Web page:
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SoftBank CEO Masayoshi Son. According to the Japanese investment firm, Flipkart has a 60% share in India’s e-commerce market, while Paytm commands a 58% share of India’s digital payments business. Photo: Reuters
SoftBank CEO Masayoshi Son. According to the Japanese investment firm, Flipkart has a 60% share in India’s e-commerce market, while Paytm commands a 58% share of India’s digital payments business. Photo: Reuters

SoftBank investments have kept Amazon at bay: Masayoshi Son

CEO Masayoshi Son says SoftBank's biggest bets in India, Flipkart and Paytm, are market leaders in their sectors by a wide margin

Bengaluru: SoftBank Group Corp. chairman Masayoshi Son claimed that the Japanese firm’s investments in the global e-commerce market have been successful in keeping the world’s largest online retailer Amazon.com Inc. at bay, and pointed to the recent success of two of the Japanese investor’s biggest bets in India, Flipkart and Paytm, market leaders in their sectors.

In a post-earnings conference call with analysts late on Monday, Son said both Flipkart and Paytm were market leaders by a wide margin in their sectors, citing market share data from various research reports. According to SoftBank, Flipkart has a 60% share in India’s e-commerce market, while Paytm commands a 58% share of India’s digital payments business.

“E-commerce as a business model is now becoming the essential business model for our society," Son said. “Amazon is still making a loss in e-commerce."

“Flipkart, India’s number one e-tailer has 60% in the domestic e-commerce market and is bigger than Amazon India. It is very difficult to see someone who is bigger than Amazon. I believe, after China in terms of size, India should be next, and in a market with such huge potential Flipkart has 60% market share which is a good start. In China, Alipay has been successful as a business model and Alipay and SoftBank support Paytm. Again, thanks to the Alibaba Group, we are the second-largest shareholder in Paytm," added Son.

The latest earnings report from SoftBank was a sharp contrast from last year when the Japanese firm had seen some of its India investments—mainly Snapdeal—go sour and was forced to write down the value of its biggest investments in the country. In November last year, SoftBank had written down as much as 58.1 billion yen ($555 million) in two of its biggest investments in India, cab-hailing firm Ola (ANI Technologies Pvt. Ltd) and online marketplace Snapdeal (Jasper Infotech Pvt. Ltd), the company said. Earlier this year in May, SoftBank had written down the value of its investments in Snapdeal and Ola by $1.4 billion. In its latest earnings report, SoftBank reported a gain of 10.2 billion yen ($89.3 million) on its India investments, saying the latest numbers were a “recognition of gain in the fair value of investments, primarily in Southeast Asia and India, during the period".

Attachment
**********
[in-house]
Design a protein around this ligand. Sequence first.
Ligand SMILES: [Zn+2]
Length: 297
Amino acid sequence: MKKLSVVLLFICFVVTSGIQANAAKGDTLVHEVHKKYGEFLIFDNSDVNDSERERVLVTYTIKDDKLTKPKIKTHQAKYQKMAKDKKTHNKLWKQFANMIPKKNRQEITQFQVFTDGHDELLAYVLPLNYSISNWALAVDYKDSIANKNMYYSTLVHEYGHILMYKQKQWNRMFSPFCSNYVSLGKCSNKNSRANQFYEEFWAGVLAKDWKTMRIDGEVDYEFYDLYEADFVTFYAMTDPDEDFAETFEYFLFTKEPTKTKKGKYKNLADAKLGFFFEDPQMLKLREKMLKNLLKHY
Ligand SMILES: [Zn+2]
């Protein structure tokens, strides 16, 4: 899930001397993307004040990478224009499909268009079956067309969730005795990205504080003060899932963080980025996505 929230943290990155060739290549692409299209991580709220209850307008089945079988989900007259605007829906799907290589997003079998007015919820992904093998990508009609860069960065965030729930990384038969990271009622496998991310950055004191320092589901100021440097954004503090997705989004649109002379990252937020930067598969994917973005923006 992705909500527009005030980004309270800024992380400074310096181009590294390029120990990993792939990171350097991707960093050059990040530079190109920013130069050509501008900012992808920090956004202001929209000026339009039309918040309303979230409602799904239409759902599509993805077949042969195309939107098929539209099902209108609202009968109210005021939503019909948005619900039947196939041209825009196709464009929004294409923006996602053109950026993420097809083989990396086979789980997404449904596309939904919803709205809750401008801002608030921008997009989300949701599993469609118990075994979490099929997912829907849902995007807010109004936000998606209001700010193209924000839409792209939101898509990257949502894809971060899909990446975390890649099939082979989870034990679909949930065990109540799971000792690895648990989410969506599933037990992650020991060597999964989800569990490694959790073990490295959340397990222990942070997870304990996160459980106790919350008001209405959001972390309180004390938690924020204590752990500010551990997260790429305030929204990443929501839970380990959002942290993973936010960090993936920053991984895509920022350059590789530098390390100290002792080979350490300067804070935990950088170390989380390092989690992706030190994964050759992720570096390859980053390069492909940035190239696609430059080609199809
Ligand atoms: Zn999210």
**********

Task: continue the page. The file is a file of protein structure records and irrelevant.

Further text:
In the one year since Son’s last visit to India, SoftBank has pumped more than $4 billion into the Indian market, taking the Japanese conglomerate’s investments in Indian start-ups to more than $6 billion in less than three years. Out of the $4 billion that has been committed this year, more than half would go to Flipkart, with about $1.4 billion being allocated as a primary investment in India’s leading online retailer. In May, SoftBank bought a 20% stake in New Delhi-based One97 Communications Pvt. Ltd, owner of Paytm, for $1.4 billion. In May, SoftBank also joined Sunil Munjal’s Hero Enterprises in infusing $250 million into Gurugram-based budget stays aggregator OYO (Oravel Stays Pvt. Ltd).

SoftBank ventured into in 2014 at the peak of the funding boom.

SoftBank entered the Indian consumer internet segment by writing big cheques for Ola and real estate platform Housing.com. The firm also invested in grocery delivery start-up Grofers. In 2014, Son committed to invest at least $10 billion in India’s booming technology and start-up ecosystem. Late last year, Son reiterated SoftBank’s bullish stance towards India and said the Japanese firm would surpass its initial $10-billion pledge towards India.

However, a significant number of its Indian investments have not worked as well as the company expected, prompting SoftBank to scout for mergers for its portfolio companies. Earlier this year, SoftBank pushed for a merger between Snapdeal and Flipkart, but that deal failed to materialize through after Snapdeal’s founders Kunal Bahl and Rohit Bansal opted to run the online marketplace as an independent firm.

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